One of the biggest challenges as a parent is figuring out how to find moments without children distraction for yourself. And I know what you're thinking, those moments are few and far between, or in some cases, they simply don't exist.

They actually do exist, but like everything else in life that you feel like you don't have time for, you have to MAKE time. Those moments aren't going to just fall in your lap very often, you have to TAKE them. That means doing what I just did so I could write. I was attempting to work in the living room with the kids bouncing around me and chattering and after a few minutes of it, I thought, what the hell am I trying to do? So I said, "alright I'm going upstairs, you guys are just too distracting." And I marched upstairs, closed my door, put on some music, and got to work.

This moment wasn't going to "just happen." I had to create it. I had to say "no, I can't spend time with you guys right now, I need time for myself." As a parent, it's probably the hardest sentence you have to say and you have to do it on a regular basis if you want any focus or clarity in your life. Just because you have kids doesn't mean your life goals just disappear. On the contrary, I have WAY more goals now than I did before having kids. That might sound ass-backwards, but it's simply what happens when you have kids young (or maybe at all). You think you've got life all figured out and are ready to tackle parenthood. But until you have kids of your own, you don't understand how ridiculously hard it is to do all the things you want to do in life when you have little humans relying on you.

One of the beautiful things about being a parent is no matter how hard it is to do something as simple as write or read or exercise or just sit in peace and quiet for a minute, you wouldn't trade your kids for any of it. Yes they are a pain in the ass and by far the most distracting thing in life. But with all that distraction, they've brought a sense of clarity of their own to my life. Being a parent has taught me what is actually important in life. Kids force you to make real priorities because you simply don't have time for the rest. Especially if you intend to make or keep any goals outside being a good parent.

Wouldn't it just be easier to focus on being a parent and get rid of any external goals? Maybe that works for some people. I know plenty of parents that seem perfectly content to have their children as the sole center of their life. And if that works for you, then great! I'm happy for you. However, that has not been my experience. I love my children deeply, but I still have other things in life I want to do and I don't think there's anything wrong with that.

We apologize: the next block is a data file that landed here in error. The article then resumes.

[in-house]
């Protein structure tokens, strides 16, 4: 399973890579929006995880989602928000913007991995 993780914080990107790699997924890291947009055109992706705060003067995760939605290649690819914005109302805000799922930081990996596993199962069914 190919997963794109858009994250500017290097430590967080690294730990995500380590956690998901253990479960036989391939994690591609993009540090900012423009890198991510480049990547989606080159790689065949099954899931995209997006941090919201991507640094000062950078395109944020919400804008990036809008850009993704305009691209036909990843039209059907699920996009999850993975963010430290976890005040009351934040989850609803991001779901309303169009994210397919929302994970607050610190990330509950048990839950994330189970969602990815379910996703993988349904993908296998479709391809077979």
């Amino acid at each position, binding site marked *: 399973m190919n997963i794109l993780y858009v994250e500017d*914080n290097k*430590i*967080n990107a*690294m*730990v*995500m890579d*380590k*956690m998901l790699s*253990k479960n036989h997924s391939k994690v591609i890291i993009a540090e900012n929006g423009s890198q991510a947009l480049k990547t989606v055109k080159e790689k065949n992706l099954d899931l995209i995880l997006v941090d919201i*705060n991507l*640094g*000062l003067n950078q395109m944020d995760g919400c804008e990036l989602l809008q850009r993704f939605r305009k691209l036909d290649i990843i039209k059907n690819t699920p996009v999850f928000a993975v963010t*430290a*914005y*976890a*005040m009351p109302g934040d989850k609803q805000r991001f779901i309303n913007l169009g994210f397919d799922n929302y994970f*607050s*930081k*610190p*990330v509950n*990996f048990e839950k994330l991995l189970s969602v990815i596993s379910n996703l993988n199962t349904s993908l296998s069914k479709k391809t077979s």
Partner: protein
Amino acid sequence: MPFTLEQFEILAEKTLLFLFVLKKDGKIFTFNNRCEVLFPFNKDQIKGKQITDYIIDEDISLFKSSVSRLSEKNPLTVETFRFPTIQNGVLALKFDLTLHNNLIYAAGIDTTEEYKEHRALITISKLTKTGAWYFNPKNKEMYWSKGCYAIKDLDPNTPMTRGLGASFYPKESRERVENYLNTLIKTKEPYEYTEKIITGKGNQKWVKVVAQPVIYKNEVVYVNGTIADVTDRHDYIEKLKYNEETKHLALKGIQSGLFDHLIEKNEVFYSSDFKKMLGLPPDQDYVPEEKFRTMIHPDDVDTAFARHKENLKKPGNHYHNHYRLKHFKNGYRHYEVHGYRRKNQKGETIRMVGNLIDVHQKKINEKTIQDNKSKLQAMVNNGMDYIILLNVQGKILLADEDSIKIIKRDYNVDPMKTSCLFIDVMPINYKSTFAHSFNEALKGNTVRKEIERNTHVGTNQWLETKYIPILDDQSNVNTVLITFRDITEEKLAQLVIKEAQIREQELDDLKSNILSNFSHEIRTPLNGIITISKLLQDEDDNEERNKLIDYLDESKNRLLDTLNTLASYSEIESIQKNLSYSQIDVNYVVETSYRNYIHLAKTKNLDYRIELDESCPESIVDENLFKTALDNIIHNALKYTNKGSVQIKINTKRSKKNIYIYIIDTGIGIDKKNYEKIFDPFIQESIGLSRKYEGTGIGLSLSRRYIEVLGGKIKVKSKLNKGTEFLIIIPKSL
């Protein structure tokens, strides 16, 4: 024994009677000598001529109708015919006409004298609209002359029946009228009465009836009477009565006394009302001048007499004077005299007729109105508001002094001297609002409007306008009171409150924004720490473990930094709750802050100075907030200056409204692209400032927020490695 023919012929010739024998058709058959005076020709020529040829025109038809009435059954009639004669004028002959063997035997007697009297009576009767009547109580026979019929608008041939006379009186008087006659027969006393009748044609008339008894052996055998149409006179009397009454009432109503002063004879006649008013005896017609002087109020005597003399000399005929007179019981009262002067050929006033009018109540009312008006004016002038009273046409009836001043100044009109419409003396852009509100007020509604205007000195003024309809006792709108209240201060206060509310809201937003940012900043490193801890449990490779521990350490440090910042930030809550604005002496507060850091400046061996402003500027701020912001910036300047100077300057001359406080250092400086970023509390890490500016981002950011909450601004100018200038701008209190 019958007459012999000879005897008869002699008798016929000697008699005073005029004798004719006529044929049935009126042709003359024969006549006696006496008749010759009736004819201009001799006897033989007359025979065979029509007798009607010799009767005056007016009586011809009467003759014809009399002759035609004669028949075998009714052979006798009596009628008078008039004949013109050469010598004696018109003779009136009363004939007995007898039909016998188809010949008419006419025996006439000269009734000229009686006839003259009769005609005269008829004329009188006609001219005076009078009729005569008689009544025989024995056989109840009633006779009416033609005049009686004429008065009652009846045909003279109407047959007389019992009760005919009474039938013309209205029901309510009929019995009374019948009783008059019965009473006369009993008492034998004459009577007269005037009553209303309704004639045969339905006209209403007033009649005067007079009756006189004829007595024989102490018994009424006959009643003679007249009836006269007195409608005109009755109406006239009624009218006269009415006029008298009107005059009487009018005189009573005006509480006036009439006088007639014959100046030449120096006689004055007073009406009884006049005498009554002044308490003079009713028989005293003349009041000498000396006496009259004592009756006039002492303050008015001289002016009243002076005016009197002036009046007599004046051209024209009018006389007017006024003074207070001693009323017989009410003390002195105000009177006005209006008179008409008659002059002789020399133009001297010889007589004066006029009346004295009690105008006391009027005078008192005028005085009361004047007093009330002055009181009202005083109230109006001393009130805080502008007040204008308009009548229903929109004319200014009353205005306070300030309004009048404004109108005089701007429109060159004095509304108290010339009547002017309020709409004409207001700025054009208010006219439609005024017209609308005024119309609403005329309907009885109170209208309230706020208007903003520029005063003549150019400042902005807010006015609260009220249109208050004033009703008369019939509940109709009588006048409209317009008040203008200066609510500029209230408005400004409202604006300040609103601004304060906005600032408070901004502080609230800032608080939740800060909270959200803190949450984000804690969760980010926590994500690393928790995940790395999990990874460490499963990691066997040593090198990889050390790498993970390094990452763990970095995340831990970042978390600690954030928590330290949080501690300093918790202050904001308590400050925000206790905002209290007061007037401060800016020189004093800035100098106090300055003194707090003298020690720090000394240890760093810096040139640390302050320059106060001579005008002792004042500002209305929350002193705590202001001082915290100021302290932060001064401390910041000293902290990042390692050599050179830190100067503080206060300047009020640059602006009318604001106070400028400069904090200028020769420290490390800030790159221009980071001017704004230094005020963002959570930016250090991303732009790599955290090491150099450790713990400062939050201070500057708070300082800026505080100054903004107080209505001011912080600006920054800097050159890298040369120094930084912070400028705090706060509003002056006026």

I think it's good to keep your identity outside of just "mom". I have a career I care about. I have my writing I care about. I have personal health goals I need to keep. I have a husband I absolutely adore and need time with him away from the kids. None of these goals are so outlandish or unrealistic that I should give them up for my kids. If I did, it would actually make me a worse parent. I think it's really important that kids see their parents continue to work towards other things in life. They need to see that you don't have to give up your dreams to be a parent. They need to know that you can do both. Maybe your dreams and goals change as a parent, but that doesn't mean they have to go away.

Life would probably be easier if I gave up on writing. If I lowered my expectations of myself in my career. But what would that mean for my own happiness? What would my children learn from that? If you constantly sacrifice your happiness for everyone else in your life (even your children), you will continue to struggle. This is my never-ending battle as a people-pleaser. I regularly find myself a stressed out mess and what for? My own goals? No! Because I'm trying to make everyone else happy INSTEAD of focusing on my own happiness. Like there's some deep-seated fear that if I focus on myself, I'll let everyone in my life down. The logical part of my brain knows that is ridiculous, that I'll probably do a better job for everyone if I spend time on my happiness. But the stupid part of my brain thinks any time spent on myself is a selfish waste of time.

Hey, I'm a work-in-progress, that's just part of this little thing called life. And as I continue to work on that mythical feeling of "enough" that I can't seem to quite grasp a tight hold on, I learn a lot in the process. And one of those things I keep coming back to is that I absolutely have to quit worrying about everyone else's happiness before my own. And that means, taking time for myself free from distractions.

Even fleeting moments of clarity have the potential for that feeling of pure happiness and joy. When the distractions have fallen away, you are completely focused on the task at hand, and your path and goals become clear. If you don't give yourself the gift of distraction-free time, you'll miss out on that feeling. Just like those moments with your kids that give that feeling of being complete. You wouldn't want to miss out on those, right? Like all happy moments, they rarely happen on their own.